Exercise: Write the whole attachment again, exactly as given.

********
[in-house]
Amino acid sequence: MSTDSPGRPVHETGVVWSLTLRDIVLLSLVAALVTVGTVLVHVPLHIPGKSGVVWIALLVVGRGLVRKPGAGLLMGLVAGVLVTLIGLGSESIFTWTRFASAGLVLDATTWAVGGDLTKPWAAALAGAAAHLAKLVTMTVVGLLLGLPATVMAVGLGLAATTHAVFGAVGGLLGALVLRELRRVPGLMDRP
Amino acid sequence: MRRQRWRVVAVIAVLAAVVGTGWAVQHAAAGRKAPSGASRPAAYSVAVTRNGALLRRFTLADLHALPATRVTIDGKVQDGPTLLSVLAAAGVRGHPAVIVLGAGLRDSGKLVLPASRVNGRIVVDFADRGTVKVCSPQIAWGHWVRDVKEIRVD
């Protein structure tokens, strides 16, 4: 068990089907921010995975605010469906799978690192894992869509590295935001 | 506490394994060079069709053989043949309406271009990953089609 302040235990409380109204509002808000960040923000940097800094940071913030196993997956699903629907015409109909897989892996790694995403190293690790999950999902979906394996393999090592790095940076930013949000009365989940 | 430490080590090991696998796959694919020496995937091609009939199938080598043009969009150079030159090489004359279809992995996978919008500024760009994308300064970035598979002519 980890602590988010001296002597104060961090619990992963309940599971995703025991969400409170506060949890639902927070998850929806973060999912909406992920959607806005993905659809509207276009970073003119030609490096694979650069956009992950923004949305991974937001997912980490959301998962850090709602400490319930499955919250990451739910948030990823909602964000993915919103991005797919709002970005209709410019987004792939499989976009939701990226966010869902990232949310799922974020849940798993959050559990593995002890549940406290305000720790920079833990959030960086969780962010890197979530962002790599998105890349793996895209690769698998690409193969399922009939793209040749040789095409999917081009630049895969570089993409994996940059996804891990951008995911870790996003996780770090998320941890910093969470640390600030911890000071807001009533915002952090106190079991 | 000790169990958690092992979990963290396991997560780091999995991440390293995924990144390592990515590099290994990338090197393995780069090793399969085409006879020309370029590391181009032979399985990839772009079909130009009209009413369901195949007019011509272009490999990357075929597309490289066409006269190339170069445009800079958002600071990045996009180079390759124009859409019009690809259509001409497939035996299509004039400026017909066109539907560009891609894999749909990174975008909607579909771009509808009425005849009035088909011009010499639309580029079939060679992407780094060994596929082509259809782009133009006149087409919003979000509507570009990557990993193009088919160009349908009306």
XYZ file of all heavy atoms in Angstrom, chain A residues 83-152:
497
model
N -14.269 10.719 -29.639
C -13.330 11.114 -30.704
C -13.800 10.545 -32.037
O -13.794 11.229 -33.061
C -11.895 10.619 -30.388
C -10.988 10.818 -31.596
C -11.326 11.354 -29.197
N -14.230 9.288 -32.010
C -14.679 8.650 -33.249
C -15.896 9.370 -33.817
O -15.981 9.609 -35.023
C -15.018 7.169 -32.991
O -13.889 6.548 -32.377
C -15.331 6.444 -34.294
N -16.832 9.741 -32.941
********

[in-house]
Amino acid sequence: MSTDSPGRPVHETGVVWSLTLRDIVLLSLVAALVTVGTVLVHVPLHIPGKSGVVWIALLVVGRGLVRKPGAGLLMGLVAGVLVTLIGLGSESIFTWTRFASAGLVLDATTWAVGGDLTKPWAAALAGAAAHLAKLVTMTVVGLLLGLPATVMAVGLGLAATTHAVFGAVGGLLGALVLRELRRVPGLMDRP
Amino acid sequence: MRRQRWRVVAVIAVLAAVVGTGWAVQHAAAGRKAPSGASRPAAYSVAVTRNGALLRRFTLADLHALPATRVTIDGKVQDGPTLLSVLAAAGVRGHPAVIVLGAGLRDSGKLVLPASRVNGRIVVDFADRGTVKVCSPQIAWGHWVRDVKEIRVD
């Protein structure tokens, strides 16, 4: 068990089907921010995975605010469906799978690192894992869509590295935001 | 506490394994060079069709053989043949309406271009990953089609 302040235990409380109204509002808000960040923000940097800094940071913030196993997956699903629907015409109909897989892996790694995403190293690790999950999902979906394996393999090592790095940076930013949000009365989940 | 430490080590090991696998796959694919020496995937091609009939199938080598043009969009150079030159090489004359279809992995996978919008500024760009994308300064970035598979002519 980890602590988010001296002597104060961090619990992963309940599971995703025991969400409170506060949890639902927070998850929806973060999912909406992920959607806005993905659809509207276009970073003119030609490096694979650069956009992950923004949305991974937001997912980490959301998962850090709602400490319930499955919250990451739910948030990823909602964000993915919103991005797919709002970005209709410019987004792939499989976009939701990226966010869902990232949310799922974020849940798993959050559990593995002890549940406290305000720790920079833990959030960086969780962010890197979530962002790599998105890349793996895209690769698998690409193969399922009939793209040749040789095409999917081009630049895969570089993409994996940059996804891990951008995911870790996003996780770090998320941890910093969470640390600030911890000071807001009533915002952090106190079991 | 000790169990958690092992979990963290396991997560780091999995991440390293995924990144390592990515590099290994990338090197393995780069090793399969085409006879020309370029590391181009032979399985990839772009079909130009009209009413369901195949007019011509272009490999990357075929597309490289066409006269190339170069445009800079958002600071990045996009180079390759124009859409019009690809259509001409497939035996299509004039400026017909066109539907560009891609894999749909990174975008909607579909771009509808009425005849009035088909011009010499639309580029079939060679992407780094060994596929082509259809782009133009006149087409919003979000509507570009990557990993193009088919160009349908009306």
XYZ file of all heavy atoms in Angstrom, chain A residues 83-152:
497
model
N -14.269 10.719 -29.639
C -13.330 11.114 -30.704
C -13.800 10.545 -32.037
O -13.794 11.229 -33.061
C -11.895 10.619 -30.388
C -10.988 10.818 -31.596
C -11.326 11.354 -29.197
N -14.230 9.288 -32.010
C -14.679 8.650 -33.249
C -15.896 9.370 -33.817
O -15.981 9.609 -35.023
C -15.018 7.169 -32.991
O -13.889 6.548 -32.377
C -15.331 6.444 -34.294
N -16.832 9.741 -32.941